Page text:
Campus fraternities go for corporate sponsorships

Greek communities are raising funds and building hype through drink sponsorships.

Joy Petersen

Corporate sponsorships from energy drink companies have enlisted fraternity members in the “Monster Army” to “party like a rock star.”

Fraternities, like Alpha Tau Omega and Sigma Pi, have joined the promotions team for soft drink companies in hopes of adding to their own reserves or giving something away to boost their image.

Monster Energy drink has facilitated events for Sigma Pi, including a Halloween party named “Monster Mash.”

As official promoter of his fraternity, Sigma Pi member Troy Velie initiated the corporate affiliation.

In order to gain sponsorship, Velie sent a letter to the company explaining his organization and its associated events. Within months, a distributor contacted him to begin the fraternity’s sponsorship.

“We get a shipment every month, and then we use it at our events and promote it,” he said. “Obviously, we have the banners and the posters and stuff that they give us to give out, too.”

Sigma Pi President Will Wojcik said the fraternity receives 25 cases of Monster and $200 per month for its promotion of the product, but Monster requires feedback from them as well.

“Our end of the bargain is we have to write a half page every month describing what we’ve done in the past couple weeks to promote their product,” Wojcik said, “and we have to send in pictures.”

Wojcik said the sponsorship has benefited the fraternity monetarily and allows it to give free products at its parties.

“People like free stuff. So to be able to hand it out at our parties and not have to worry about paying for it is nice,” he said.

Rockstar Energy Drink, among other companies, hooked Alpha Tau Omega.

Last year, Tyler Kilbury, an Alpha Tau Omega member, used Rockstar sponsorship for a recruiting event.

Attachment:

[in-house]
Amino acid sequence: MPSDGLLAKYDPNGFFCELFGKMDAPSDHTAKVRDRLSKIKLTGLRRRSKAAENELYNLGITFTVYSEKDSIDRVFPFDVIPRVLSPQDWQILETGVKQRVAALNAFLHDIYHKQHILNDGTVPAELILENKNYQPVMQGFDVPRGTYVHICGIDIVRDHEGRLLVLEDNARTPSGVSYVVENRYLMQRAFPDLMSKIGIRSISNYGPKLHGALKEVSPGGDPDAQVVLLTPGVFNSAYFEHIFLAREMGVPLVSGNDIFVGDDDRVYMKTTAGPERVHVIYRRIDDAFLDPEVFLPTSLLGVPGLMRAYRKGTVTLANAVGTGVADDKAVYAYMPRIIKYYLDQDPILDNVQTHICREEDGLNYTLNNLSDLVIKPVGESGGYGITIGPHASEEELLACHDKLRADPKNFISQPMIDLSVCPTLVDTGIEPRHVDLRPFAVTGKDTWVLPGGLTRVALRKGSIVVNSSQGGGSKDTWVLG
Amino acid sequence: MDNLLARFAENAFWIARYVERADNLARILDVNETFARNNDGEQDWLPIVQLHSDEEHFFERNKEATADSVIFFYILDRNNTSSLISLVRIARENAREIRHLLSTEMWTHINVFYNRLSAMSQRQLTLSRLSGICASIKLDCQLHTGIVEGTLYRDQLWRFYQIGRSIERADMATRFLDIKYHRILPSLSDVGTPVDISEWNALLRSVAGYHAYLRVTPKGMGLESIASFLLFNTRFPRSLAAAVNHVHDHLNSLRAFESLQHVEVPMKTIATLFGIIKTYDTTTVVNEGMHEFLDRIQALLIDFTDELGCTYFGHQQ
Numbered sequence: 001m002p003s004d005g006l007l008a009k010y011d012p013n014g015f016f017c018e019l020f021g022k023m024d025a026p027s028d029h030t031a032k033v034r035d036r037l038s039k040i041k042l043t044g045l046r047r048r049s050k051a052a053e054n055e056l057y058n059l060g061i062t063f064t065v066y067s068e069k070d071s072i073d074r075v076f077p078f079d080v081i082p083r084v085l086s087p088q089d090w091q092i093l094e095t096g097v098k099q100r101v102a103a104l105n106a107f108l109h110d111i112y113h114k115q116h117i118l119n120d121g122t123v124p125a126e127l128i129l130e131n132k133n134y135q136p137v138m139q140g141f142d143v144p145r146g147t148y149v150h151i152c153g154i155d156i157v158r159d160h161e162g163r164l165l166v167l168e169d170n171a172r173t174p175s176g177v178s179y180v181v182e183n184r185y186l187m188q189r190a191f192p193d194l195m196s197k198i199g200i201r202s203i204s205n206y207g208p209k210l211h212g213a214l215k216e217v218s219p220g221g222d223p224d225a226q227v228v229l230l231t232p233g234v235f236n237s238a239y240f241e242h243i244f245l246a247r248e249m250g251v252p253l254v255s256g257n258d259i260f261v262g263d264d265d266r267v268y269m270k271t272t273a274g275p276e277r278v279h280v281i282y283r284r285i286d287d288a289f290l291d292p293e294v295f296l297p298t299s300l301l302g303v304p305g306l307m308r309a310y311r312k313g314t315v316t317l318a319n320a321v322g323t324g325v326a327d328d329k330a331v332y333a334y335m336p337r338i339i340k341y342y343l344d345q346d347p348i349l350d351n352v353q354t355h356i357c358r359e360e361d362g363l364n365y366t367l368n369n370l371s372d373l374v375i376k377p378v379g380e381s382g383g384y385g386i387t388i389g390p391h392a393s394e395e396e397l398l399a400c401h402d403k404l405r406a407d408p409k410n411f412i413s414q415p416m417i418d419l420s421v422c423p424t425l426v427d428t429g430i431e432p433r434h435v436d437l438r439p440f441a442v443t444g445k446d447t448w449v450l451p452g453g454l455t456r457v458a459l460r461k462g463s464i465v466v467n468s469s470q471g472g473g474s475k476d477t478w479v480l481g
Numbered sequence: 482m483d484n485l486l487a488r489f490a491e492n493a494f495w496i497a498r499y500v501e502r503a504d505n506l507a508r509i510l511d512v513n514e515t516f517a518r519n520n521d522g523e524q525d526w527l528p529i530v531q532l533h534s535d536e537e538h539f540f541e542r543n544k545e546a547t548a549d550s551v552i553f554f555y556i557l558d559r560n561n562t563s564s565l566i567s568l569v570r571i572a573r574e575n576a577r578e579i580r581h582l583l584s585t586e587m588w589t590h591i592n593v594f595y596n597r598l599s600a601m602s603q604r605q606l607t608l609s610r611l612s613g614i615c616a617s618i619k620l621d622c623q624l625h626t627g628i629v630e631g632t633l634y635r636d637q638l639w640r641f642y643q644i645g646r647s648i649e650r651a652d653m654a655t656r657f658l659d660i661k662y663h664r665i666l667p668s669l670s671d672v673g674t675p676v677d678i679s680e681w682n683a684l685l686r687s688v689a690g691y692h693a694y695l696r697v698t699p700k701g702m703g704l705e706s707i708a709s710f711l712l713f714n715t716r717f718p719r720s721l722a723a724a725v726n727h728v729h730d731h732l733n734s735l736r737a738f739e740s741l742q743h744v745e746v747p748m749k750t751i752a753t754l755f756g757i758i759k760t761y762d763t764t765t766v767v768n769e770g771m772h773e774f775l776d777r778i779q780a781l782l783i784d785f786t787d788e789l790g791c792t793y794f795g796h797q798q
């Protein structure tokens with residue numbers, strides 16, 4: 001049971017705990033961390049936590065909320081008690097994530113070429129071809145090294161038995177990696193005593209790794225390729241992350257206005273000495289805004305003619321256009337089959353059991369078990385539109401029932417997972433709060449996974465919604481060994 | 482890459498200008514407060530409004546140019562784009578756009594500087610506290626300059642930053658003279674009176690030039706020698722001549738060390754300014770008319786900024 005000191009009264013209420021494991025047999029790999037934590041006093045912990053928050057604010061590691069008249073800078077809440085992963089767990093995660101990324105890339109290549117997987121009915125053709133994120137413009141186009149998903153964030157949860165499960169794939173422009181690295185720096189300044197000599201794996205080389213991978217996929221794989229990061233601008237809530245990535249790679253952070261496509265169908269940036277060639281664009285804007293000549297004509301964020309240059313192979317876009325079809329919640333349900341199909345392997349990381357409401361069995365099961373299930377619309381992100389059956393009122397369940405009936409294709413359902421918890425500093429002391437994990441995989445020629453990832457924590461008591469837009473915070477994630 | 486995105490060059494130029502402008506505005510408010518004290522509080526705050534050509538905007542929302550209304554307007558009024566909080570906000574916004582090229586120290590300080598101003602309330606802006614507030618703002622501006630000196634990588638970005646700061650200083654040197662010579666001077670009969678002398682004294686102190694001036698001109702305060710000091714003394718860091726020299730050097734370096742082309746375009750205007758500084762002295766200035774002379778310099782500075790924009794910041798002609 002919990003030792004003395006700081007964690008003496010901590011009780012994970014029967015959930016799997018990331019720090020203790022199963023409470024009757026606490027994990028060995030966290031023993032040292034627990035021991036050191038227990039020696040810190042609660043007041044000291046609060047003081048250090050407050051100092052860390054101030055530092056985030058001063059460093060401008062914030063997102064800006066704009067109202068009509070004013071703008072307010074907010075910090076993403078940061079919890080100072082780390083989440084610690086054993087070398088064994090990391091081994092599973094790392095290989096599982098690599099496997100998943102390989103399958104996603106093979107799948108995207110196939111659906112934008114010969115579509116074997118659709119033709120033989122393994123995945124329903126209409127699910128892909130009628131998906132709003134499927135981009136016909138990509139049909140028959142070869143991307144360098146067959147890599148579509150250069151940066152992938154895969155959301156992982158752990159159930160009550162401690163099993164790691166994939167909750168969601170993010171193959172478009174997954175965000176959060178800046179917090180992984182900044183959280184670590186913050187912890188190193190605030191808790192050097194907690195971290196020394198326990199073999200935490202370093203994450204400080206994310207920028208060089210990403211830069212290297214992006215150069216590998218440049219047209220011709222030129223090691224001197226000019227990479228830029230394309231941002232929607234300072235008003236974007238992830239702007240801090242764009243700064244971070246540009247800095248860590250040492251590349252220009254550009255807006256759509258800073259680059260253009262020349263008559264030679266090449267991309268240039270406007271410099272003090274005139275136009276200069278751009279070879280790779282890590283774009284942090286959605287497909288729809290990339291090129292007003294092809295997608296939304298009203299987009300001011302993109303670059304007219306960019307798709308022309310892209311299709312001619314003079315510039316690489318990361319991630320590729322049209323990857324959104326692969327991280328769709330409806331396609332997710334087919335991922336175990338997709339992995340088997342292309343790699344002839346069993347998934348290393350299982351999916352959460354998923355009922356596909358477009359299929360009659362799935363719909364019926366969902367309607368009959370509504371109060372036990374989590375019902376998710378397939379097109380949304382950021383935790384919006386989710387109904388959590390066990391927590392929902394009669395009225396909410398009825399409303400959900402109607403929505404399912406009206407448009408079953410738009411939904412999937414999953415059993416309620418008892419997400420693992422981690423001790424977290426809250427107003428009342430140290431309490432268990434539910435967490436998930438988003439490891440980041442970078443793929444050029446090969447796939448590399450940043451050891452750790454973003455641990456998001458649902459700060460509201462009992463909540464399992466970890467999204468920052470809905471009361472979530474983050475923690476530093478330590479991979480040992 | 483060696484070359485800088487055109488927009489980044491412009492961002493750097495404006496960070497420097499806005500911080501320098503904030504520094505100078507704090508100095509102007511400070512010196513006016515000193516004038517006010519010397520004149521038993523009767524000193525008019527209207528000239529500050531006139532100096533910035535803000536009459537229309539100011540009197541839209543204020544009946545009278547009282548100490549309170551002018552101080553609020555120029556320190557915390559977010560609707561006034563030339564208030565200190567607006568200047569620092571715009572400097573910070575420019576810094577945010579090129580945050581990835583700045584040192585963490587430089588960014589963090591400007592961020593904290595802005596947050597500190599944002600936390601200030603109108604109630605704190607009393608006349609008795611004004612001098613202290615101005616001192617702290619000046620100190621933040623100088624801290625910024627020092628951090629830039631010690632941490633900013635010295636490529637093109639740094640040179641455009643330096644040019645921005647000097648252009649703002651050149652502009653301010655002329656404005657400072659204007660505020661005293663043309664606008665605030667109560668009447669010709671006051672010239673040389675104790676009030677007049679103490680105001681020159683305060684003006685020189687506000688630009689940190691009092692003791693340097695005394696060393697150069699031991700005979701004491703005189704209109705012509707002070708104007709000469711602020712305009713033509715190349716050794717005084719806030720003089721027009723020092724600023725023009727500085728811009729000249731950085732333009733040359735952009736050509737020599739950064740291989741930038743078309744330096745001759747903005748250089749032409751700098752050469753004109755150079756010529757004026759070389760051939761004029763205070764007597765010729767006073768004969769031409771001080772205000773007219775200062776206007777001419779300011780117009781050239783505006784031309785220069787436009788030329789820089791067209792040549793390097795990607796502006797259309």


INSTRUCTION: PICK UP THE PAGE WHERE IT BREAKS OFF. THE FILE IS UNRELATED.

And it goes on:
The sponsor only required the fraternity to explain its event to ensure it was legitimate. In turn, the fraternity was required to take promotional pictures, Kilbury said.

“I had to take pictures at the event, and that preferably the pictures would contain both sexes – guys and girls,” he said, “showing people being excited about the energy drink.”

Though sponsorships have supported many events, they aren’t guaranteed.

Beta Kai Theta President Bhrunil Patel said he hoped the Coca-Cola Company would sponsor the fraternity’s organ donation awareness event because the company is already affiliated with the University. Unfortunately for Patel, the fraternity received no funding.

“I needed to get a backdrop and some lights, to kind of make it look like it’s a movie premiere, but our budget couldn’t handle that so that’s why I started calling Coke.”

Patel’s efforts, however, weren’t enough to gain sponsorship.

“It never ended up working. Some didn’t call me back,” he said. “Some couldn’t give the funds necessary.”

Phi Sigma Kappa member Gavin Brandt said energy drink distributors have approached his fraternity in the past, but he said he doesn’t see much benefit in them.

“I think it kind of takes away from it,” Brandt said. “A fraternity is supposed to be something of dignity and prestige and having a logo kind of seems to cheapen it.”